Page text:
Using v0 there are only a few losses in the antenna, thin wires but made from copper.
Much loss is caused by the real ground (medium ground).
v1 and v2 are with more but not so much losses in the antenna. The antenna wires and the metal nearby counts as the antenna. Nearby metal parts are with a lower conductivity but with much more surface (skin effect). Nearby metal acts as passive part, stimulated by radiation I think. Ground is far away (30 m). The radiation efficiency is much better then on ground! Losses by nearby metal are much smaller then losses by real ground nearby.

From this point of view the set-up on the tower was fine.

More about radiation directions with my next post.

73 from Ludwig

Here the second part.
I added version 3: with iron stairs around the tower, simulated by thick “wires”.

v3: eff. 74% @ 40 m; 80% @ 20 m
rad.eff. 77% @ 40 m; 80% @ 20 m

Maybe there is some uncertainty in v3. Radiation efficiency should not be greater than efficiency.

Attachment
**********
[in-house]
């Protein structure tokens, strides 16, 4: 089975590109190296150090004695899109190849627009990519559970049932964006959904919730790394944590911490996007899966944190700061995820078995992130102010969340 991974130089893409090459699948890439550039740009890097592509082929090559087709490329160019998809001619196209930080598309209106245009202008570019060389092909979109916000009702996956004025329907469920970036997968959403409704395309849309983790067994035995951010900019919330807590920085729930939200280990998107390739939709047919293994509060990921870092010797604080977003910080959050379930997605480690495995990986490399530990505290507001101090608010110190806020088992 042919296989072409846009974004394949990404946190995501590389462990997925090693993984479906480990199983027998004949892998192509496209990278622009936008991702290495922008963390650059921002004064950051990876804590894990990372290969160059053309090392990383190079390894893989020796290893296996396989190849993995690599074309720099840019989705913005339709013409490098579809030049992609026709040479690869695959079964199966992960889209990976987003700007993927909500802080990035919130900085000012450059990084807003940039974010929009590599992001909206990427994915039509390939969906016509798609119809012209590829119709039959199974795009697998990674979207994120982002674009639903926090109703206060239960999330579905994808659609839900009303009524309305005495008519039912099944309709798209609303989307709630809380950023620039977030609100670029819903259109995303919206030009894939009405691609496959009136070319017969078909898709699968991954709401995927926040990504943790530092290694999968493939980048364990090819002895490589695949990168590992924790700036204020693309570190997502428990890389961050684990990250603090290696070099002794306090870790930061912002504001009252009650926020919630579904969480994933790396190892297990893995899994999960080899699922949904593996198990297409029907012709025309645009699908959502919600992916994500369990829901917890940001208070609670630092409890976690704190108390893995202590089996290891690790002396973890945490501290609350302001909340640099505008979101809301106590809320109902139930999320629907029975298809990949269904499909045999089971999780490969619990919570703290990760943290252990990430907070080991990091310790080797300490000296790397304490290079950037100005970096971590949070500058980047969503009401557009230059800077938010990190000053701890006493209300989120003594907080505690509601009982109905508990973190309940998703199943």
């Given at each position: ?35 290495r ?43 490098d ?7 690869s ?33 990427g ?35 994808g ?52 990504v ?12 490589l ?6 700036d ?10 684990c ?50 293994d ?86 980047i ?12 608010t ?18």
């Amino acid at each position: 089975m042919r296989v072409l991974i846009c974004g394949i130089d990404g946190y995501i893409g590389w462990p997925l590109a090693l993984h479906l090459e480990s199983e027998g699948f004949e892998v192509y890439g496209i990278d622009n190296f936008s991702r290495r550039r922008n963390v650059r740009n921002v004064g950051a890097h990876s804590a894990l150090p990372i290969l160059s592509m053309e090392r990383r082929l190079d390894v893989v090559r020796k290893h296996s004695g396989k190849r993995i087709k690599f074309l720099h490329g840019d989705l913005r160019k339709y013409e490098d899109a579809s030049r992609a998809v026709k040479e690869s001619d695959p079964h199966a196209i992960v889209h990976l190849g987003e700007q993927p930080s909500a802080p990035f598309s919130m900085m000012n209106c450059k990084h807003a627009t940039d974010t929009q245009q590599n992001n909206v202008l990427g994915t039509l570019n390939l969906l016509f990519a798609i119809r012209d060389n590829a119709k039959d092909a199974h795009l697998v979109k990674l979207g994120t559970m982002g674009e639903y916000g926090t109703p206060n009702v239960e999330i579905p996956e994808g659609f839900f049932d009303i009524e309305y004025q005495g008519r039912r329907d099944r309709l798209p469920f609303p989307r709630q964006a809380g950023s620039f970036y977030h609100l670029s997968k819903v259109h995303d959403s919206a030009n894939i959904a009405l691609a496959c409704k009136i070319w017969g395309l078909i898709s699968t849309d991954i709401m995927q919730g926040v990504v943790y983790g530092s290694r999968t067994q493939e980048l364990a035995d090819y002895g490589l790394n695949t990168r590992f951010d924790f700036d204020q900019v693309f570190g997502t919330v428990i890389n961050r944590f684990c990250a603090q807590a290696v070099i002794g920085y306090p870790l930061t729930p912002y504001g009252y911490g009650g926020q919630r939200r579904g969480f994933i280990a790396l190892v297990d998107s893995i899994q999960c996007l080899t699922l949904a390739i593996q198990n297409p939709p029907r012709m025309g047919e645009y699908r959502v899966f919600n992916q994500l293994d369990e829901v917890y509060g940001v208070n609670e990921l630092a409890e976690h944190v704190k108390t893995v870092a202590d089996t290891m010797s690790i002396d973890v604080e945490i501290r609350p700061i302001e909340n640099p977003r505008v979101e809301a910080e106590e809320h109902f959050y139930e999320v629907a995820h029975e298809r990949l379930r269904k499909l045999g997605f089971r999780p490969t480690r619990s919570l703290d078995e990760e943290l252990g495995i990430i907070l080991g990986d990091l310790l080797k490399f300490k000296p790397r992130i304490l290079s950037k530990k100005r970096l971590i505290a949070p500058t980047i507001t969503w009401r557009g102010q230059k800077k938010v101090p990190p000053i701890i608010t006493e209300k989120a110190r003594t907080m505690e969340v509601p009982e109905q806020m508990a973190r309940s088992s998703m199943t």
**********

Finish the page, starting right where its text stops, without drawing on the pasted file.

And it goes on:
I was curious about the radiation patterns. Here are patterns for v3, for 40 m and 20 m, for each one figure top down and one from the side.

v3 40m

v3 20m

Patterns for v1 and v2 were close to patterns for v3.

Efficiency is not bad. I couldn’t find large losses.
Radiation patterns are usable.

73 from Ludwig, DH8WN


With some more information I made the last (?) simulations.

v4: without stairs but with lightning conductors
v5: without stairs but with lightning conductors and antenna by DB7MM (inverted groundplane, “wire dangling down”)

v4: Most of the stair is made from wood. The iron steps are not connected to each other. Dimension of steps is small compared to Lambda. So the stairs are not important (for radiation, not for going up and, more important, for going down :wink:.) But the lightning conductors may be important for radiation.
Values and radiation patterns further down.

v5: The setup by DB4MM is not common.

Right or not? How is the radiation?

V4: eff. 67% @ 40 m; 80% @ 20 m (same as v3)
rad.eff. 66% @ 40 m; 80% @ 20 m (same as v3)

Patterns for v4 are close to patterns for v3. Small impact by the lightning conductors.

V5: eff. 50% @ 40 m; 83% @ 20 m
rad.eff. 33% @ 40 m; 49% @ 20 m

Radiation efficiency is lower but not so bad (two lightning conductors only 3.2 m away!)
How are the radiation patterns? There are two “ground planes”, on top the radials and the metal plated roof and down the real ground. The radiation may be trapped between.

v5 40m


v5 20M


A more flat radiation, especially on 20 m. Good for larger distances.